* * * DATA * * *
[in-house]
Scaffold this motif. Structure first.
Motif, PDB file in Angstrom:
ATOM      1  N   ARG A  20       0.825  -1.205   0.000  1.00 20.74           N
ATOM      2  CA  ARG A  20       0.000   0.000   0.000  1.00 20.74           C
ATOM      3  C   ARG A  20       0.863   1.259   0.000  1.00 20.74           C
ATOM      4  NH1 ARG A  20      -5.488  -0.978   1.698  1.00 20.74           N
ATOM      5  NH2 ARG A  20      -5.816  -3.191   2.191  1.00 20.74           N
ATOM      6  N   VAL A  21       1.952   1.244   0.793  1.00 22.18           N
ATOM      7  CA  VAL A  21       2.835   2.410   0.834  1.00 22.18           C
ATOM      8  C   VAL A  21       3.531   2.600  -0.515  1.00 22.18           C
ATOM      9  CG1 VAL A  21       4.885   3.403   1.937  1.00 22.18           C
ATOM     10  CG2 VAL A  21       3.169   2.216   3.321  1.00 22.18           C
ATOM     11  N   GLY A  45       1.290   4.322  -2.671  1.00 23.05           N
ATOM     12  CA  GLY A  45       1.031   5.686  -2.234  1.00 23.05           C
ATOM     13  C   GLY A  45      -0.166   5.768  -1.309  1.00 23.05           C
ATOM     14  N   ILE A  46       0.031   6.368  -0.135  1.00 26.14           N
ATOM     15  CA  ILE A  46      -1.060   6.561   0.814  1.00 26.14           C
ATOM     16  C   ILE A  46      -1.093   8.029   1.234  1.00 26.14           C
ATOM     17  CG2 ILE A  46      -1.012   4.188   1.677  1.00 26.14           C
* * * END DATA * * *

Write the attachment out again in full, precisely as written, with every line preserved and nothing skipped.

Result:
[in-house]
Scaffold this motif. Structure first.
Motif, PDB file in Angstrom:
ATOM      1  N   ARG A  20       0.825  -1.205   0.000  1.00 20.74           N
ATOM      2  CA  ARG A  20       0.000   0.000   0.000  1.00 20.74           C
ATOM      3  C   ARG A  20       0.863   1.259   0.000  1.00 20.74           C
ATOM      4  NH1 ARG A  20      -5.488  -0.978   1.698  1.00 20.74           N
ATOM      5  NH2 ARG A  20      -5.816  -3.191   2.191  1.00 20.74           N
ATOM      6  N   VAL A  21       1.952   1.244   0.793  1.00 22.18           N
ATOM      7  CA  VAL A  21       2.835   2.410   0.834  1.00 22.18           C
ATOM      8  C   VAL A  21       3.531   2.600  -0.515  1.00 22.18           C
ATOM      9  CG1 VAL A  21       4.885   3.403   1.937  1.00 22.18           C
ATOM     10  CG2 VAL A  21       3.169   2.216   3.321  1.00 22.18           C
ATOM     11  N   GLY A  45       1.290   4.322  -2.671  1.00 23.05           N
ATOM     12  CA  GLY A  45       1.031   5.686  -2.234  1.00 23.05           C
ATOM     13  C   GLY A  45      -0.166   5.768  -1.309  1.00 23.05           C
ATOM     14  N   ILE A  46       0.031   6.368  -0.135  1.00 26.14           N
ATOM     15  CA  ILE A  46      -1.060   6.561   0.814  1.00 26.14           C
ATOM     16  C   ILE A  46      -1.093   8.029   1.234  1.00 26.14           C
ATOM     17  CG2 ILE A  46      -1.012   4.188   1.677  1.00 26.14           C